World Backup Day is a good opportunity to check whether your data is really safe

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Yes, it’s obvious that data should be kept safe. And yes, it’s clear that part of all protective measures deployed, the ability to restore the data from a back-up should be kept on top. But no, it’s still not common practice that data is properly backed up. Well, World Backup Day is here to remind you that you should test whether your backup solution really works. Or, for risk takers: re-assess the risks of not having any backup solution in place.

There are a lot of dangers to your data, from hardware failures to user mistakes. But one additional threat has emerged in recent years which puts your data at serious risk: ransomware. This particular kind of malicious software is used for extortion. When activated, ransomware prevents access to a device or the data on it until the victim pays a fee.

Ransomware is nothing new, but while its early screen-locking attacks were more annoying than truly dangerous, recent aggressive encryption ransomware that spreads in huge waves around the world causes serious damage not only to individuals, but also to businesses and government organisations. Hospitals with critical systems down, law firms with their entire clientele’s data unavailable or police departments without access to their data… With majority of victims paying silently, without letting on that they were got caught off-guard.

While the first encryption ransomware implementations were often flawed and security researchers able to come up with workarounds to recover files without paying the ransom, modern ransomware deploys advanced encryption methods which are in fact unbreakable. This means that paying the ransom is the only – so far confirmed – way to get the encrypted data back. Even the FBI admits that they often advise that the victims pay the ransom. But paying the ransom should not be considered an option. Prevention and improving resilience help much more – not only against ransomware attacks but also against other threats, be they viruses or own employees.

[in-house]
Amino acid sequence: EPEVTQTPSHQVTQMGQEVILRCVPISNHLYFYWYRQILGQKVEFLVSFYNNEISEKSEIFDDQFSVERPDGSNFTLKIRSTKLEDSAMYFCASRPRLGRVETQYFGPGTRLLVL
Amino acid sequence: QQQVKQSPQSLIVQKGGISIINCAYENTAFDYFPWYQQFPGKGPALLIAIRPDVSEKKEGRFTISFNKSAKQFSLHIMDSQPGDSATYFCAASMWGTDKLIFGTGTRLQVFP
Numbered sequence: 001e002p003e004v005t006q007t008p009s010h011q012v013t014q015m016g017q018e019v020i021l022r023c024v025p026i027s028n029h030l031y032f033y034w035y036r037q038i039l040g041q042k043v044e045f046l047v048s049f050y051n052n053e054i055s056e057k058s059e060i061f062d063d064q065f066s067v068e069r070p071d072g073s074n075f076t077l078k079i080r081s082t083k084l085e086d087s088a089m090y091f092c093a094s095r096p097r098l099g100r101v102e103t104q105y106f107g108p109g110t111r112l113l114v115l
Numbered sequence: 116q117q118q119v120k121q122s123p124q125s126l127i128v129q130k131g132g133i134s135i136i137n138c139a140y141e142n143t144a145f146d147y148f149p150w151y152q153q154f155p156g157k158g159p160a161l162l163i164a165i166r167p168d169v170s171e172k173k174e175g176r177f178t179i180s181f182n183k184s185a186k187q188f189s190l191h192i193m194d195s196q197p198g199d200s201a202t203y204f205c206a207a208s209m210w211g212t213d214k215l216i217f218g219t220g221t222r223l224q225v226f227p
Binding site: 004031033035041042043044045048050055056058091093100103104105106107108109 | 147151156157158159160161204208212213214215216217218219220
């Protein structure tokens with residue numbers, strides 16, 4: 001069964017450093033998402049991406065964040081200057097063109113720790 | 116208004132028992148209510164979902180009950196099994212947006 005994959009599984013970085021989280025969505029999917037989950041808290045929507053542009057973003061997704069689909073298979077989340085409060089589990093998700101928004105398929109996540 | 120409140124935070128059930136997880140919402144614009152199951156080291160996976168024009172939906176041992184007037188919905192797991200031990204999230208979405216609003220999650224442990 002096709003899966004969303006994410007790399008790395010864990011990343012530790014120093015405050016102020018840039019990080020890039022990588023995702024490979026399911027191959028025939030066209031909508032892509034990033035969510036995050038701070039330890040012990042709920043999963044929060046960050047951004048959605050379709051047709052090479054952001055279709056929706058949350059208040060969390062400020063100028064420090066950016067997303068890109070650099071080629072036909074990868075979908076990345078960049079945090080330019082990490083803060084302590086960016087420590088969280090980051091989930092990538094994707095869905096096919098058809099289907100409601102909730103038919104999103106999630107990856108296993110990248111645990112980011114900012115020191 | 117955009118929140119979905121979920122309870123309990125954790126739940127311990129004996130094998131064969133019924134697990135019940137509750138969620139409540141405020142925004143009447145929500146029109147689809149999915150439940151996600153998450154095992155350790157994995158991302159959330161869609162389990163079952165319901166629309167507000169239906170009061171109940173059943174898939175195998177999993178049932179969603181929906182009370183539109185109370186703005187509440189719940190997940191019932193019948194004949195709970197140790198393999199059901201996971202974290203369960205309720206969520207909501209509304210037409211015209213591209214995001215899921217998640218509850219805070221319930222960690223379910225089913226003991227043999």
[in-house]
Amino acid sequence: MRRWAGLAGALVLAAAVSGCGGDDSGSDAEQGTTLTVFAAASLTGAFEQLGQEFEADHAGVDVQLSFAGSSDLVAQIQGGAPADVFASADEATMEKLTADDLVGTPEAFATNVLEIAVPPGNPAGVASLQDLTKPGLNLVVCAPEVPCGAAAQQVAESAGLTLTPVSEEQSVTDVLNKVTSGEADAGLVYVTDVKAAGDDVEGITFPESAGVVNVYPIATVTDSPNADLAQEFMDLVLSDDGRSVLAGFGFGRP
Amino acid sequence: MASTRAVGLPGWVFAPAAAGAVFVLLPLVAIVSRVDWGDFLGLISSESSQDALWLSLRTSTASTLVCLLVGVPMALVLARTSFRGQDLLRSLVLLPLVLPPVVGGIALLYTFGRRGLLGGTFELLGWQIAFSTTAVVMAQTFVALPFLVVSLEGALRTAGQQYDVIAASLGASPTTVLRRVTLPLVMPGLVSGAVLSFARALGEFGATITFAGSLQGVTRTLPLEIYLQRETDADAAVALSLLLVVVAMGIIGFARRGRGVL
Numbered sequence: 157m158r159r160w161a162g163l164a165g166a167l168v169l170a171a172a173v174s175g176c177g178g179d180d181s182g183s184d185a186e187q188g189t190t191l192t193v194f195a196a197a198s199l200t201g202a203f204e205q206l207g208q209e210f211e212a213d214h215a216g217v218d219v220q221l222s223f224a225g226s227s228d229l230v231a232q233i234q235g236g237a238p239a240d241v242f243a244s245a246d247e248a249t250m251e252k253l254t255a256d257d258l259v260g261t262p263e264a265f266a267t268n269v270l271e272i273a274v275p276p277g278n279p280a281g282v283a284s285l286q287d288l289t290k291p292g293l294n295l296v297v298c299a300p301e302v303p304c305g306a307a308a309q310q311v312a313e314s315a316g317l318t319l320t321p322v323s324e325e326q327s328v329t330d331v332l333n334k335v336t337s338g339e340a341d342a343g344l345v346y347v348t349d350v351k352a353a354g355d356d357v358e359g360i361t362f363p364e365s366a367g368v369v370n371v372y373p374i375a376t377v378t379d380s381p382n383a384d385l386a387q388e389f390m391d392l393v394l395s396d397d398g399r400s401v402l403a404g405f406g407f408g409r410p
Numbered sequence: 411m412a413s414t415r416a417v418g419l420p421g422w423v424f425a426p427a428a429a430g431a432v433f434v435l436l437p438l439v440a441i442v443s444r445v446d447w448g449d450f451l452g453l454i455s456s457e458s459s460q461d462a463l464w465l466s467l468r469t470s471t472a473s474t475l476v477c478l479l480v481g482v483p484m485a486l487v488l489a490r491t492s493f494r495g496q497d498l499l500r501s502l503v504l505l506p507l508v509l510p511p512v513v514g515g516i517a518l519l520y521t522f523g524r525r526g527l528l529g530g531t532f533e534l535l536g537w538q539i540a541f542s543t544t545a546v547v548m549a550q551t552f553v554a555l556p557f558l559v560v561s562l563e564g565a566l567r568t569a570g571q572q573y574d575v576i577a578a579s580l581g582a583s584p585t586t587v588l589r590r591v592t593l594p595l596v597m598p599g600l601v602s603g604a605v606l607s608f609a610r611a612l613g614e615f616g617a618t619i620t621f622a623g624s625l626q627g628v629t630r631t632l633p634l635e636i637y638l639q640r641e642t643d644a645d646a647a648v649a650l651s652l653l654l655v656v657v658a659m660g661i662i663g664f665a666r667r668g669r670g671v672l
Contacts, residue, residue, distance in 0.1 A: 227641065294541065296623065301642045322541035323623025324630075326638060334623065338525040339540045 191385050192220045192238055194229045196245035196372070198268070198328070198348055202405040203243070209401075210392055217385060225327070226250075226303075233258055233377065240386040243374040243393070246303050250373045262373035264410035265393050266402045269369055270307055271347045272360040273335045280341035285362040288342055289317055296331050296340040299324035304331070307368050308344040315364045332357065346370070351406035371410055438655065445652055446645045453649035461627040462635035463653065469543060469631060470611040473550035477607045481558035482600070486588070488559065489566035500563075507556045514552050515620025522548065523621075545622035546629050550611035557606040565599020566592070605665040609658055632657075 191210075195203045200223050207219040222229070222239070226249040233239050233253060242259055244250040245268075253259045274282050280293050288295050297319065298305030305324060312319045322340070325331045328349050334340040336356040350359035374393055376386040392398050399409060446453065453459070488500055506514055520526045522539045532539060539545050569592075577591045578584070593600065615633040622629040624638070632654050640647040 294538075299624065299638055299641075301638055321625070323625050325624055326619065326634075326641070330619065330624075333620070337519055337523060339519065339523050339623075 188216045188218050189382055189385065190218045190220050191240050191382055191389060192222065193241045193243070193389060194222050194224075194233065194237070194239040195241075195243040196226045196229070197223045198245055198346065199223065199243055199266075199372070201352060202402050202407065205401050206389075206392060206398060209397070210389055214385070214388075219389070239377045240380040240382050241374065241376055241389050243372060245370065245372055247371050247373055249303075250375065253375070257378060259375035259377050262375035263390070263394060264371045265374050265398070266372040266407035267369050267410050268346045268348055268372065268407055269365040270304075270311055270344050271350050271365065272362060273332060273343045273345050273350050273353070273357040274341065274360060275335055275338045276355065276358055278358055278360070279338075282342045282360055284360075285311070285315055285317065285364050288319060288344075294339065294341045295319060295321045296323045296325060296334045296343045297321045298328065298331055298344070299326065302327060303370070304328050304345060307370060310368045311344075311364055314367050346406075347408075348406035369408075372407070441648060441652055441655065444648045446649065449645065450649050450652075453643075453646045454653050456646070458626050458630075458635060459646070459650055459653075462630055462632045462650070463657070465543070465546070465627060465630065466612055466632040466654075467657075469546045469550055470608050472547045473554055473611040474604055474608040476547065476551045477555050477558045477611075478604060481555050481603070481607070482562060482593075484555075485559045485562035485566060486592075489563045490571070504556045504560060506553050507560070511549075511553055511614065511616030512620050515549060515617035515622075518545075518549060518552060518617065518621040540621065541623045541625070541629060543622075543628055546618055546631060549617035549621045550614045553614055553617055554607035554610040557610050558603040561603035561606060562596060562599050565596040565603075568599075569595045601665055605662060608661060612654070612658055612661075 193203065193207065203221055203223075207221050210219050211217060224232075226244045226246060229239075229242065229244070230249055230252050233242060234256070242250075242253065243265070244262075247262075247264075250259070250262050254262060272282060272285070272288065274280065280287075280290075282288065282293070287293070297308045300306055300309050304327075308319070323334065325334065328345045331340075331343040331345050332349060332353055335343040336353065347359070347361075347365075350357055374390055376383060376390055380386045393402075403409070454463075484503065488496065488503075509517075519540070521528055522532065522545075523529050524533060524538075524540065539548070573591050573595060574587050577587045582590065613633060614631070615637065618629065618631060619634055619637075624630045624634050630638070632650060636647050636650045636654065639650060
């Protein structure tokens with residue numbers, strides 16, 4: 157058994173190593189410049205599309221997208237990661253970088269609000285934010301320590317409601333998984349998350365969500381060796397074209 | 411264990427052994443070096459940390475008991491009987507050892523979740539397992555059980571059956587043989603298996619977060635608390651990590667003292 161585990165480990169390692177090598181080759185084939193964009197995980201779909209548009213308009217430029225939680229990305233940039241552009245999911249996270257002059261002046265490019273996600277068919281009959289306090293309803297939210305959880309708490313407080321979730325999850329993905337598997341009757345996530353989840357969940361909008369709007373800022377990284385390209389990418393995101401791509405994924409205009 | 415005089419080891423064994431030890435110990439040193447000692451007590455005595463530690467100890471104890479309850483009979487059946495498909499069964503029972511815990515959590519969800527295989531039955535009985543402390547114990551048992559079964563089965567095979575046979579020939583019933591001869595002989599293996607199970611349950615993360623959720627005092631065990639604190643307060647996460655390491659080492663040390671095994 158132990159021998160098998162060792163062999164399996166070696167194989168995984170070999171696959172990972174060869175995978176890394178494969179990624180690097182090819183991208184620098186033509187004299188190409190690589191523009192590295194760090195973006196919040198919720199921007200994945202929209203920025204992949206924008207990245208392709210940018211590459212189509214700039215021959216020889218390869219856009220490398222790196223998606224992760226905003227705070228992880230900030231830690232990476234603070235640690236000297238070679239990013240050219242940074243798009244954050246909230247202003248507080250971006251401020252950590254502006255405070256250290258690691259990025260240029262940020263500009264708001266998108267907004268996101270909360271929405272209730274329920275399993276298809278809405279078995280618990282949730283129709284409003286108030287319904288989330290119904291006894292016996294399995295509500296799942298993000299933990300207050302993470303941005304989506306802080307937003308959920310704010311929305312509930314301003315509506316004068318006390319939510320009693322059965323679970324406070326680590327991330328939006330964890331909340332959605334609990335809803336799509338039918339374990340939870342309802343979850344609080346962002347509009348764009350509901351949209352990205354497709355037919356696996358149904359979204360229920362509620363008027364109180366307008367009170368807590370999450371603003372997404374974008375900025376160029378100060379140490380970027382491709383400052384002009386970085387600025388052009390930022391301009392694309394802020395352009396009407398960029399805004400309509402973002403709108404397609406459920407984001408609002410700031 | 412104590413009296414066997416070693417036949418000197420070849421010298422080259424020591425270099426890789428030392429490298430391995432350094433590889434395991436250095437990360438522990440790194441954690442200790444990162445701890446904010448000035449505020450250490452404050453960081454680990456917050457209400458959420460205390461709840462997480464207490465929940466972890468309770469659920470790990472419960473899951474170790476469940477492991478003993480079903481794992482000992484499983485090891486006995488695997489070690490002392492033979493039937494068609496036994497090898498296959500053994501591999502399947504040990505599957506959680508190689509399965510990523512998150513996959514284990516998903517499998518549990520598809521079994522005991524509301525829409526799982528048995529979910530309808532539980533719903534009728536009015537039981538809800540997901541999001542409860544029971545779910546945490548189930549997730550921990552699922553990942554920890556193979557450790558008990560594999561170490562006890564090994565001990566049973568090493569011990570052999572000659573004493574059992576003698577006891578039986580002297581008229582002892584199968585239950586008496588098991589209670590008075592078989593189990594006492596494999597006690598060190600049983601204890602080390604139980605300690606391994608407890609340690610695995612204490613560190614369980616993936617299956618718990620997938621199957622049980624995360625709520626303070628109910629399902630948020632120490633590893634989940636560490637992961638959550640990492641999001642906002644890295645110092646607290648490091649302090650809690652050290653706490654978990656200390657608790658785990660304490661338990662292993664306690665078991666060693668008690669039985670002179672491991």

Having a good backup strategy before the damage to data occurs – for example, before the ransomware encrypts the data – turns the nightmare into a mere nuisance. For organisations, a good backup strategy means having a quality backup solution – for example ShadowProtect by StorageCraft – implemented, processes formalised and the ability to recover periodically tested. Individuals don’t need any approved strategy, of course. They need to choose some quality cloud storage service or a hardware solution. In both cases, it’s crucial to take into account the real scenario of possible use. For example, that the ransomware also goes after backup files and, if it reaches them (be it in the cloud, removable media or local network), it encrypts them as well as the original files. So, it’s important to keep the backup files offline or take other measures to keep them safe.

Victims of cybercriminals who’ve paid ransoms often argue that the ransom was quite small, the encryption keys really arrived and recovery easy. That might be true, but there are no guarantees. Compare that with a recovery from a backup: it’s nearly for free, 100% safe and easier to do. Even fairly large businesses can limit their downtime to just minutes before they’ve restored their operations.

World Backup Day should make all of us think about what might happen to our data and systems, and take appropriate steps to prevent any unnecessary damage.

See our Storagecraft page for more info on data backup and recovery.


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